Ditte: “From the creative side, we had to cut down the collection and kill some darlings. In the beginning, that was really difficult. I think the best way to explain it is as if you have written a book and you really nail the story, all the details, and feel good about it, then someone tells you that you have to cut 50% of the pages. When you start doing that, though, you realize you can actually tell the same story, but half as long. Then somehow it became even stronger. The collection we have been working on now is back to where we started. It’s super honest and Ganni to the bone, so in that way I am very positive and excited to show it.”
In terms of Ganni’s company culture, I’ve heard you take a very specific approach when it comes to team meetings. What does that look like?
Nicolaj: “We synced the whole organization to have very short, high-frequency meetings, just 15 to 20 minutes max. It’s basically an approach I didn’t realize that I was applying from my tech background. It was only when we partnered with an LVMH-owned fund that they pointed it out to us. Apparently we’re very lean and agile in how we conduct our business. I put a clock on the table and time everyone’s response. Every person quickly explains what they were doing yesterday, what they are working on today, and what they have planned for tomorrow. Rather than discussing what’s happening six months down the road, when the world will have completely changed, you create this structure where you are constantly realigning yourself. It’s a bit like how people say Amazon is stubborn on vision but loose on the details—in many ways we are similar. We have a clear idea of where we want to go, but we’re like a robot bouncing around and bumping into things until it finds its way through.”
The Black Lives Matter movement’s momentum is being felt in Denmark as well. What is your approach to diversity and inclusion, both internally and externally? How can Ganni improve?
Nicolaj: “It’s such a sensitive topic, and I feel guilty for growing up in this bubble we have here in Denmark. I am not saying there is no racial injustice going on here, because there certainly is, but the sheer scale of what is happening in the US is mind-blowing. The good thing to come out of this is it’s making us aware of how much we need to learn. We’ve tried to contribute in different ways. We closed our online shop for one week and encouraged that our community donate instead of shopping. We’ve committed to commissioning work from the Black creative community. We donated $100,000, which is a lot of money for us, across three different organizations: Black Lives Matter, the NAACP and the ACLU, but this is just the beginning. We’re also building libraries in our three offices in New York, London and Copenhagen to educate ourselves on racial injustice. It’s a big project for us. We want to do a lot better.”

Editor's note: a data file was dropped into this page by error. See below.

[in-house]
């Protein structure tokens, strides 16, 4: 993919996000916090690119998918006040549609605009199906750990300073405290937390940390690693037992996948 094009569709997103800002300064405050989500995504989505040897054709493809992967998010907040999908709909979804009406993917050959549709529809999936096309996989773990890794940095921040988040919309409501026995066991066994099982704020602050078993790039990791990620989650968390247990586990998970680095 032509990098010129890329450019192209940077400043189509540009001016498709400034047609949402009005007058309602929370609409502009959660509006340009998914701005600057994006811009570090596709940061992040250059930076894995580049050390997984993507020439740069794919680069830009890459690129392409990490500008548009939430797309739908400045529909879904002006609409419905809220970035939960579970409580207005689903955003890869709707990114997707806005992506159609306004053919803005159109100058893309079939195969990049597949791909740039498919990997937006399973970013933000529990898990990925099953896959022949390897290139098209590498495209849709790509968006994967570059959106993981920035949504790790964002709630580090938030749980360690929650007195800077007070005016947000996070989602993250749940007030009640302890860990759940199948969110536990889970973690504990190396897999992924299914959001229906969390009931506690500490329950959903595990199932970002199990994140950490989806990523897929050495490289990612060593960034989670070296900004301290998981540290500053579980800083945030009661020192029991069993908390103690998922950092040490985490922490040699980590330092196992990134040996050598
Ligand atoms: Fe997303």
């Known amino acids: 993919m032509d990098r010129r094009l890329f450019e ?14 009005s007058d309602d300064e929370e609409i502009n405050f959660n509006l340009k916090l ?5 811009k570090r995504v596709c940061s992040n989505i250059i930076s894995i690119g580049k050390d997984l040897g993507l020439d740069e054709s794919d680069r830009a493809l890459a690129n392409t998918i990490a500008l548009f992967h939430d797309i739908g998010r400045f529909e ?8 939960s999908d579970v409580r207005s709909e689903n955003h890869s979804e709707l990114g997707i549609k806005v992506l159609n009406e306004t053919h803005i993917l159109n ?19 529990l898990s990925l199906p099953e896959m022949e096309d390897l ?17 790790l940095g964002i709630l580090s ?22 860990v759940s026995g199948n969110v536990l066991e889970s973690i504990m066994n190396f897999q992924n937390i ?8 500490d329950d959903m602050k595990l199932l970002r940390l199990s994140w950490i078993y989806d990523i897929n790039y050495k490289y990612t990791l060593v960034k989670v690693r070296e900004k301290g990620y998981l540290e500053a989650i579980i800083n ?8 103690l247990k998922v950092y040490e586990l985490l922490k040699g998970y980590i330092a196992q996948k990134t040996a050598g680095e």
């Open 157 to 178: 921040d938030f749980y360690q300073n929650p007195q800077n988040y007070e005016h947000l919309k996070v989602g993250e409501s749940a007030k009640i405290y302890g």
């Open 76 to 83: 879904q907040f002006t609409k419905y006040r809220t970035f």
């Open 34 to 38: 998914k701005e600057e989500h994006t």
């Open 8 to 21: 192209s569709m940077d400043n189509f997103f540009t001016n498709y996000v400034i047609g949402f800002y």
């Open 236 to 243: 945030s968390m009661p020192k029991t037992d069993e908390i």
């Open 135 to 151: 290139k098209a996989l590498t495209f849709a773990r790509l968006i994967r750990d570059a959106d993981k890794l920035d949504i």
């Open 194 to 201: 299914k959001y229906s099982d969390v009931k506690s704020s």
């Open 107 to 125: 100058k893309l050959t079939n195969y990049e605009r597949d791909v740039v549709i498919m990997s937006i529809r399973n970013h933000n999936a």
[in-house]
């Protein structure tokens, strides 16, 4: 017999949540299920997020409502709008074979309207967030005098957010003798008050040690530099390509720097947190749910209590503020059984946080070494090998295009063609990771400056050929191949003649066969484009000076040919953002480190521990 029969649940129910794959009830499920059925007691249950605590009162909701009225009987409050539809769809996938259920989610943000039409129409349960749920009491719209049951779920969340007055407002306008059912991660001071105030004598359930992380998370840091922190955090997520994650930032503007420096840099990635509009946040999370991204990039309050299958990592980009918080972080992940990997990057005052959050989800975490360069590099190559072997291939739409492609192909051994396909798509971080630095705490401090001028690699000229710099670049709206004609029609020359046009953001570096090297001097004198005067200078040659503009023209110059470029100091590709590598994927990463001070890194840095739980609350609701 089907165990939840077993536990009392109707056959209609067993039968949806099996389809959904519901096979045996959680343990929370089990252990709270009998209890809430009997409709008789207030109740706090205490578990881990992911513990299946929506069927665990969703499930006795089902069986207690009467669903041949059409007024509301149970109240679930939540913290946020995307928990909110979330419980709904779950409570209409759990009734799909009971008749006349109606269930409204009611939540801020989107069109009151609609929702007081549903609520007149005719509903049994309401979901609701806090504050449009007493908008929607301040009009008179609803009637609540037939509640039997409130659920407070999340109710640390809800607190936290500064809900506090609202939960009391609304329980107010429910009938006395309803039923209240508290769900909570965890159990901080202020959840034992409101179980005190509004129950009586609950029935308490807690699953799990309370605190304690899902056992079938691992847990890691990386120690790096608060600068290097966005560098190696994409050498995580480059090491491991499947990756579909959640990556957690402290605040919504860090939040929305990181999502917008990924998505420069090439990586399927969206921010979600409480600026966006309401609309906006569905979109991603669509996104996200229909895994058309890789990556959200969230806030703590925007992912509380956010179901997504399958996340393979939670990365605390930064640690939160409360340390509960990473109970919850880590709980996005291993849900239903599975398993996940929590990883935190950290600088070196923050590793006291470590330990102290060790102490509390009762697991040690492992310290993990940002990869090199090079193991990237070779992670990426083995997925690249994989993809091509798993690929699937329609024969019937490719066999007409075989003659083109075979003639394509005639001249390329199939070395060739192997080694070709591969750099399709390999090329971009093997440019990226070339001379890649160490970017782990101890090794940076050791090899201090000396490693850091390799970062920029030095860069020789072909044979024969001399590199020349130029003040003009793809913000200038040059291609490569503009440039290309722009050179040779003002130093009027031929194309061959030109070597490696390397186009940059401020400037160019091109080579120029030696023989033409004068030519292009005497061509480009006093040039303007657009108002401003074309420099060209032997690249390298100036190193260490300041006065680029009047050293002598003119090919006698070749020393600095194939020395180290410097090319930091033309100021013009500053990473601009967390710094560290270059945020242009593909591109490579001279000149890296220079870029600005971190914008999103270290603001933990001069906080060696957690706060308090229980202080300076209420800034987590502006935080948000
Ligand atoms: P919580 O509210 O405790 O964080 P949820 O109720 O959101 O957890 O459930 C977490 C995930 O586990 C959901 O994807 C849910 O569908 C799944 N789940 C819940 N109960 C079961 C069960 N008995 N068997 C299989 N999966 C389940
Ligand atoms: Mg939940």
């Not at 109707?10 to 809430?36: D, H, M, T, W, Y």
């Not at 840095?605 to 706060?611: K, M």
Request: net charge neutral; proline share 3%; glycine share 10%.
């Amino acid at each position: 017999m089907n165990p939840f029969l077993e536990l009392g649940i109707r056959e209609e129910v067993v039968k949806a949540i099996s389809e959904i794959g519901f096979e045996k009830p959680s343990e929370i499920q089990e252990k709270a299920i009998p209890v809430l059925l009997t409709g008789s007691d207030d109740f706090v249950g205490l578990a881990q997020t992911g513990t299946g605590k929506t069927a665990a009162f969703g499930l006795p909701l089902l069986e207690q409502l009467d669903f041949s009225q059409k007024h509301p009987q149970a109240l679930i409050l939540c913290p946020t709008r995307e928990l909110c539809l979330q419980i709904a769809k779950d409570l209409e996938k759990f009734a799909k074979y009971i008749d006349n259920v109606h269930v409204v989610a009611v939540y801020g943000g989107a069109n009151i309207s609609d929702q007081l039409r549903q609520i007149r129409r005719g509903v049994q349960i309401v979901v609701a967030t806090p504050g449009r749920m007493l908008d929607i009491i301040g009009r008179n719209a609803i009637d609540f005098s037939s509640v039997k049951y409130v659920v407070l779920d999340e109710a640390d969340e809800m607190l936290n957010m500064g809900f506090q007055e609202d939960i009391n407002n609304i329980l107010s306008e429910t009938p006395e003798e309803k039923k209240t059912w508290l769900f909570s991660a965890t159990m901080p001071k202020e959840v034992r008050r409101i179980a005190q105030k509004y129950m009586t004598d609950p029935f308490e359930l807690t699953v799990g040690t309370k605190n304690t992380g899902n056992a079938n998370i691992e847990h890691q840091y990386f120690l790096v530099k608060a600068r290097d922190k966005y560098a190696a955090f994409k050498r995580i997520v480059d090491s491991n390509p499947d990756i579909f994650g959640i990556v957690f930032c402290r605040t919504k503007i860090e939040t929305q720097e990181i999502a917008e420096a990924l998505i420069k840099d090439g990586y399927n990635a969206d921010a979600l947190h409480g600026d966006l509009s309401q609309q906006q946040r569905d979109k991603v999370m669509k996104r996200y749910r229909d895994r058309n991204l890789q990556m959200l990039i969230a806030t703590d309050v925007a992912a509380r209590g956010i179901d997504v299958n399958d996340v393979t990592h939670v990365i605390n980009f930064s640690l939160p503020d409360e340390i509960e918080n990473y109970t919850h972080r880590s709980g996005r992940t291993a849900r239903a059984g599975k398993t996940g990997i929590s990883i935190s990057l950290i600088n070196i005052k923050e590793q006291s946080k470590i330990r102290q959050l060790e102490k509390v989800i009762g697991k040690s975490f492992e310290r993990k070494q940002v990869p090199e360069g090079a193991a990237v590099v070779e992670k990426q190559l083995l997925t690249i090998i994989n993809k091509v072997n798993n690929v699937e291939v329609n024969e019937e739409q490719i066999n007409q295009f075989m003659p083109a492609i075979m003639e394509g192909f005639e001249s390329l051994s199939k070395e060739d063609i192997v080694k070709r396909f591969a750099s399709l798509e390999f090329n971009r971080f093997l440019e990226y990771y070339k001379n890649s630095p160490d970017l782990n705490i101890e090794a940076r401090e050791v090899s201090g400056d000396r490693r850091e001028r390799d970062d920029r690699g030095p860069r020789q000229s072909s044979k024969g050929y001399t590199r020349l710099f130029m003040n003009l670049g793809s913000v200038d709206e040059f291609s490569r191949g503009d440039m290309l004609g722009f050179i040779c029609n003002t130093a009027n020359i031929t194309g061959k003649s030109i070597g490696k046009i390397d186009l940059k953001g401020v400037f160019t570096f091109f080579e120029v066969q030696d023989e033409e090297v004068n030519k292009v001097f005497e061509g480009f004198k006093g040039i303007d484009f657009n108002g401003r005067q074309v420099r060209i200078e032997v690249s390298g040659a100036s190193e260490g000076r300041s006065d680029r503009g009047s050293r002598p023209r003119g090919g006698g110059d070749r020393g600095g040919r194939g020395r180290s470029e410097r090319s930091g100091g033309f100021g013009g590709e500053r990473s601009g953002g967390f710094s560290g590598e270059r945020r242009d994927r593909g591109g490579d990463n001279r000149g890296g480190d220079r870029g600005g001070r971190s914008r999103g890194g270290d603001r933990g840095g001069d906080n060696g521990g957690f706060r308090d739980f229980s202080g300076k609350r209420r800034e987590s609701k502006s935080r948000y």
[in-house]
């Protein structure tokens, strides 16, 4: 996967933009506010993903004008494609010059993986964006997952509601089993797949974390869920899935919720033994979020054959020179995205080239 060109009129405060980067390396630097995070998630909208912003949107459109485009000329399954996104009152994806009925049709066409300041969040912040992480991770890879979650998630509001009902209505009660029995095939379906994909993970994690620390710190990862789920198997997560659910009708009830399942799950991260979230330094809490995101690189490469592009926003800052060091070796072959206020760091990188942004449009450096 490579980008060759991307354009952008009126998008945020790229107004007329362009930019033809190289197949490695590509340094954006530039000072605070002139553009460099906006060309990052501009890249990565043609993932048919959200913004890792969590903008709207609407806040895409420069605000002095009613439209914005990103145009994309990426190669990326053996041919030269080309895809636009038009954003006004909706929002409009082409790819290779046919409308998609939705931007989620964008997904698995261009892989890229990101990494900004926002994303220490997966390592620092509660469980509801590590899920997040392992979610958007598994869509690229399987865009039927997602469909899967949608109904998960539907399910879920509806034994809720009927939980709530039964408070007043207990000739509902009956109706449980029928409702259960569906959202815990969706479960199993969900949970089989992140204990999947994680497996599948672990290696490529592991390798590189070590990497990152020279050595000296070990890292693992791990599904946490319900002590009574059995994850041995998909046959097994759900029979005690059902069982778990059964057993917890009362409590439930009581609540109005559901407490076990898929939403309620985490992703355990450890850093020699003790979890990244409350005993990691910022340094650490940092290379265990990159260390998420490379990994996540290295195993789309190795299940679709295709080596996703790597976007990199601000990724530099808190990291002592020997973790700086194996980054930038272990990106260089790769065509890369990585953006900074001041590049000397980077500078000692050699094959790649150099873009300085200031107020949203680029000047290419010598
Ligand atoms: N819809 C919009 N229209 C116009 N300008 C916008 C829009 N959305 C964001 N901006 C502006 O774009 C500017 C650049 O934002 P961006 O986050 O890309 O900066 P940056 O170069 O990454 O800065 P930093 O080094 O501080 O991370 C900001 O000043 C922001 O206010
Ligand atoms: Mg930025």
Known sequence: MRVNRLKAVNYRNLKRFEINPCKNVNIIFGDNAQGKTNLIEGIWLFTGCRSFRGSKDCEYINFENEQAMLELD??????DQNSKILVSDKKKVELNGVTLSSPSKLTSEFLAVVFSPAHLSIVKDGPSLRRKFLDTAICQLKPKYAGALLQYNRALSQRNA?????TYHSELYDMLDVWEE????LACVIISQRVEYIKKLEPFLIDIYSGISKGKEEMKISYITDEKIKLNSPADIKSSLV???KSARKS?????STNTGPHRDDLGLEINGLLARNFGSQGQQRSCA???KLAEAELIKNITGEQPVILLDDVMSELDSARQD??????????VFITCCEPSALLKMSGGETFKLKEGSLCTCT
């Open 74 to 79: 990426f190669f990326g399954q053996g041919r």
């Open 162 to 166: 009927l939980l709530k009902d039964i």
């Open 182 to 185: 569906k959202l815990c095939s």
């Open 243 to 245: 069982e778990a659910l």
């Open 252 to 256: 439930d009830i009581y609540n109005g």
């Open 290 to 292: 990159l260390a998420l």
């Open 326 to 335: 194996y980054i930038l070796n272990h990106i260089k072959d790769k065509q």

Ditte: “We’re so grateful that we have a New York team in place because they are constantly guiding, reminding and teaching us about how we need to be more aware. As a brand, we’ve always thought of ourselves as being inclusive. We dress everyone. We just want to make girls feel good in their own skin. That’s always been one of our core values. Every woman should feel welcome because fashion can often feel like an exclusive club.”
You’re currently in midsummer in Denmark, with over 17 hours of daily sunlight. How are you using this time to recharge?
Ditte: “We always spend our summer holidays in Denmark. What I look most forward to every summer is to go back to where I am from, a small fishing town. No one knows anything about fashion really. It’s all about what kind of fish we are going to catch today and when we are going to swim in the ocean. It’s a very slow and simple life. After these past few months, it feels like medicine to go there and enjoy the long summer evenings with old friends.”